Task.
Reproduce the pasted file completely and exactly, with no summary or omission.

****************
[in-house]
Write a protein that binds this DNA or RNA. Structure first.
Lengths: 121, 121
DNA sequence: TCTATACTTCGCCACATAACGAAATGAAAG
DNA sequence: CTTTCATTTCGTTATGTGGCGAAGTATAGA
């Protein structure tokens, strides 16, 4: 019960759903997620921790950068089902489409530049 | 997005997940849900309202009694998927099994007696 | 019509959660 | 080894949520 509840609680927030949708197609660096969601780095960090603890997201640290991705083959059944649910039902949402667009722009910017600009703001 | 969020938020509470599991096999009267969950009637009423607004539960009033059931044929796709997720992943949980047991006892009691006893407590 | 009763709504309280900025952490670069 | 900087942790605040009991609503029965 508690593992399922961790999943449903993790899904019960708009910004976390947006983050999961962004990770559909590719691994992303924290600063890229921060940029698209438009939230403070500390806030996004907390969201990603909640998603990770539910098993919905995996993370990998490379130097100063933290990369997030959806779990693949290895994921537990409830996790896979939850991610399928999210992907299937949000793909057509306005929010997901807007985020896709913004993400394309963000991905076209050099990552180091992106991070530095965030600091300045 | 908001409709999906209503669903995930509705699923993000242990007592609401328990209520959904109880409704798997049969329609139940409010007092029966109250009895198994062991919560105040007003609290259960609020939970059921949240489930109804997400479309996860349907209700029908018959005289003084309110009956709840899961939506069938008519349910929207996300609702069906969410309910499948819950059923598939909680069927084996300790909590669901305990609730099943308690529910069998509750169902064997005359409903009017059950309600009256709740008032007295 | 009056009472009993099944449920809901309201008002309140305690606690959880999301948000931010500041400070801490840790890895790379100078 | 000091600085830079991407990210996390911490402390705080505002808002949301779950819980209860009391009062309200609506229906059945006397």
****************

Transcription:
[in-house]
Write a protein that binds this DNA or RNA. Structure first.
Lengths: 121, 121
DNA sequence: TCTATACTTCGCCACATAACGAAATGAAAG
DNA sequence: CTTTCATTTCGTTATGTGGCGAAGTATAGA
């Protein structure tokens, strides 16, 4: 019960759903997620921790950068089902489409530049 | 997005997940849900309202009694998927099994007696 | 019509959660 | 080894949520 509840609680927030949708197609660096969601780095960090603890997201640290991705083959059944649910039902949402667009722009910017600009703001 | 969020938020509470599991096999009267969950009637009423607004539960009033059931044929796709997720992943949980047991006892009691006893407590 | 009763709504309280900025952490670069 | 900087942790605040009991609503029965 508690593992399922961790999943449903993790899904019960708009910004976390947006983050999961962004990770559909590719691994992303924290600063890229921060940029698209438009939230403070500390806030996004907390969201990603909640998603990770539910098993919905995996993370990998490379130097100063933290990369997030959806779990693949290895994921537990409830996790896979939850991610399928999210992907299937949000793909057509306005929010997901807007985020896709913004993400394309963000991905076209050099990552180091992106991070530095965030600091300045 | 908001409709999906209503669903995930509705699923993000242990007592609401328990209520959904109880409704798997049969329609139940409010007092029966109250009895198994062991919560105040007003609290259960609020939970059921949240489930109804997400479309996860349907209700029908018959005289003084309110009956709840899961939506069938008519349910929207996300609702069906969410309910499948819950059923598939909680069927084996300790909590669901305990609730099943308690529910069998509750169902064997005359409903009017059950309600009256709740008032007295 | 009056009472009993099944449920809901309201008002309140305690606690959880999301948000931010500041400070801490840790890895790379100078 | 000091600085830079991407990210996390911490402390705080505002808002949301779950819980209860009391009062309200609506229906059945006397």